THE key word in Ecclesiastes is vanity, “the futile emptiness of trying to be happy apart from God.” The Preacher (traditionally taken to be Solomon—Ecclesiastes 1:1, 12—the wisest, richest, most influential king in Israel’s history) looks at life “under the sun” (Ecclesiastes  1:9) and, from the human perspective, declares it all to be empty. Power, popularity, prestige, pleasure—nothing can fill the God-shaped void in man’s life but God Himself! But once seen from God’s perspective, life takes on meaning and purpose, causing Solomon to exclaim, “Eat…drink…rejoice…do good…live joyfully…fear God…keep His commandments!” Skepticism and despair melt away when life is viewed as a daily gift from God.

The Hebrew title Qoheleth is a rare term, found only in Ecclesiastes (1:1, 2, 12; 7:27; 12:8-10). It comes from the word qahal, “to convoke an assembly, to assemble.” Thus, it means “One Who Addresses an Assembly,” “A Preacher.” The Septuagint used the Greek word Ekklesiastes as its title for this book. Derived from the word ekklesia, “assembly,” “congregation,” “church,” it simply means “Preacher.” The Latin Ecclesiastes means “Speaker Before an Assembly.”



THE Song of Solomon is a love song written by Solomon and abounding in metaphors and oriental imagery. Historically, it depicts the wooing and wedding of a shepherdess by King Solomon, and the joys and heartaches of wedded love.

Allegorically, it pictures Israel as God’s betrothed bride (Hosea 2:19, 20), and the church as the bride of Christ. As human life finds its highest fulfillment in the love of man and woman, so spiritual life finds its highest fulfillment in the love of God for His people and Christ for His church.

The book reads like scenes in a drama with three main speakers: the bride (Shulamite), the king (Solomon), and a chorus (daughters of Jerusalem).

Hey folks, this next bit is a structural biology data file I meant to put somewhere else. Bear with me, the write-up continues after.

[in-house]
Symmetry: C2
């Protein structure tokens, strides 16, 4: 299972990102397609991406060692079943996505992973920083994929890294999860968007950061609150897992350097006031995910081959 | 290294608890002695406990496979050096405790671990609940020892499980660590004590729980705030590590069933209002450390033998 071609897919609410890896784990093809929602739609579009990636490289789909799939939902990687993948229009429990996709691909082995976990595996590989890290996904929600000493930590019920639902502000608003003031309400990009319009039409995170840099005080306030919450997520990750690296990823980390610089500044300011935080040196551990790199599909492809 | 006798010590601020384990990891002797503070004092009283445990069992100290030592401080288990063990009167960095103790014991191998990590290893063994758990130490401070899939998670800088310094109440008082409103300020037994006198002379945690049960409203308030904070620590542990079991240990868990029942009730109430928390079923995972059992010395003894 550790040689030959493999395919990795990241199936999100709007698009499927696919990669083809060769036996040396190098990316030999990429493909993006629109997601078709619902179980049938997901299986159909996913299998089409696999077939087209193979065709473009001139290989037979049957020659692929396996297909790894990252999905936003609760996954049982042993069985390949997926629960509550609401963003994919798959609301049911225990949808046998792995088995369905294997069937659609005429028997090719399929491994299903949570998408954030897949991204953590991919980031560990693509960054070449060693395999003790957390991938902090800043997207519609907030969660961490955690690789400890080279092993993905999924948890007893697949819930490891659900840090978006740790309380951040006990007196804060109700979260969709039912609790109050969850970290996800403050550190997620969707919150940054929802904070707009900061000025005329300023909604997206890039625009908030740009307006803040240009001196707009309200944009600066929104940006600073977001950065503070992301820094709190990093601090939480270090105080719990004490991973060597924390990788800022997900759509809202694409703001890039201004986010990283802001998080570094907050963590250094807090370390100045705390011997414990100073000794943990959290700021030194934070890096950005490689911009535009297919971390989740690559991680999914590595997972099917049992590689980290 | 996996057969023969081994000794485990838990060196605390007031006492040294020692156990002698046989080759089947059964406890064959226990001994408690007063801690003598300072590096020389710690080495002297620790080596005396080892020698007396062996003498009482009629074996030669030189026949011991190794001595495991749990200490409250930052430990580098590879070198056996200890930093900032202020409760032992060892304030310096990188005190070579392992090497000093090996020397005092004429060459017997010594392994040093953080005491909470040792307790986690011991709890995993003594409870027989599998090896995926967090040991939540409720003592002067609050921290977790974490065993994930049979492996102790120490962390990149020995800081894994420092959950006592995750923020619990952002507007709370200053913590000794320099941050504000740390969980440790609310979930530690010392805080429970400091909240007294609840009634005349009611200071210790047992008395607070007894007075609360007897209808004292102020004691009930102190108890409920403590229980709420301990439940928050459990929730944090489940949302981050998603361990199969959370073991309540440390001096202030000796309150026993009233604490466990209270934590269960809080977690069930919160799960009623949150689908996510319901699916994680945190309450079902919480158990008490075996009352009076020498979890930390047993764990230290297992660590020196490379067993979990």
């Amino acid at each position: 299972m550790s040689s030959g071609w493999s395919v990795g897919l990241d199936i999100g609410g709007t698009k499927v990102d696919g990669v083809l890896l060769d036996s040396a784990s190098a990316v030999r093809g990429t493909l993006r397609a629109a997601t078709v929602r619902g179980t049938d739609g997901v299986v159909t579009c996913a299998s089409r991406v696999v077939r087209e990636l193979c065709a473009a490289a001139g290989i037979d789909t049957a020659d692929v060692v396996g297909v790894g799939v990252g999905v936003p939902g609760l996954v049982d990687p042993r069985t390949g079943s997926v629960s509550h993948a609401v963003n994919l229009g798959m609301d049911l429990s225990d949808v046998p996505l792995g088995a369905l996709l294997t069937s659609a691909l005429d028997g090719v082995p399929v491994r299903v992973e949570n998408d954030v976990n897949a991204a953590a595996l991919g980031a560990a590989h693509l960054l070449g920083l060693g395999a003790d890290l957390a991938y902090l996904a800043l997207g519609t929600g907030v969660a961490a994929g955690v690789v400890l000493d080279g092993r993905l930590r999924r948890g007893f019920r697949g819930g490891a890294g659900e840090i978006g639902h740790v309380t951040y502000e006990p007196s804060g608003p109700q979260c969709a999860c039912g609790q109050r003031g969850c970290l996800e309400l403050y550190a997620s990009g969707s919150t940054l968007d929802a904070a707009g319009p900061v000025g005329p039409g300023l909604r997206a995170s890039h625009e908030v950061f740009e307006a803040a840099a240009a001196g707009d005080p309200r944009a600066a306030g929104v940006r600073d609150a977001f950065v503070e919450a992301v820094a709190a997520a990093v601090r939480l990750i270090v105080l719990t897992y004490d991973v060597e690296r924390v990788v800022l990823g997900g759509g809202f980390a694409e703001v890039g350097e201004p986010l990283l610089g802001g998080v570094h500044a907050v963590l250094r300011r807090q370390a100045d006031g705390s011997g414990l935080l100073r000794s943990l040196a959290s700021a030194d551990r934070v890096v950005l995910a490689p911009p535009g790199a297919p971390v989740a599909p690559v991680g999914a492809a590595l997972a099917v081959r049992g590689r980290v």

The Hebrew title Shir Hashirim comes from Song of Solomon 1:1, “The song of songs.” This is in the superlative and speaks of Solomon’s most exquisite song. The Greek title Asma Asmaton and the Latin Canticum Canticorum also mean “Song of Songs” or “The Best Song.” The name Canticles (“Songs”) is derived from the Latin title. Because Solomon is mentioned in 1:1, the book is also known as the Song of Solomon.

The Book of


ISAIAH is like a miniature Bible. The first thirty-nine chapters (like the thirty-nine books of the Old Testament) are filled with judgment upon immoral and idolatrous men. Judah has sinned; the surrounding nations have sinned; the whole world has sinned. Judgment must come, for God cannot allow such blatant sin to go unpunished forever. But the final twenty-seven chapters (like the twenty-seven books of the New Testament) declare a message of hope. The Messiah is coming as a Savior and a Sovereign to bear a cross and to wear a crown.

Isaiah’s prophetic ministry, spanning the reigns of four kings of Judah, covers at least forty years.

Yesha ‘yahu and its shortened form Yeshaiah mean “Yahweh is Salvation.” This name is an excellent summary of the contents of the book. The Greek form in the Septuagint is Hesaias, and the Latin form is Esaias or Isaias.

The Book of


THE book of Jeremiah is the prophecy of a man divinely called in his youth from the priest-city of Anathoth. A heartbroken prophet with a heartbreaking message, Jeremiah labors for more than forty years proclaiming a message of doom to the stiff-necked people of Judah. Despised and persecuted by his countrymen, Jeremiah bathes his harsh prophecies in tears of compassion. His broken heart causes him to write a broken book, which is difficult to arrange chronologically or topically. But through his sermons and signs he faithfully declares that surrender to God’s will is the only way to escape calamity.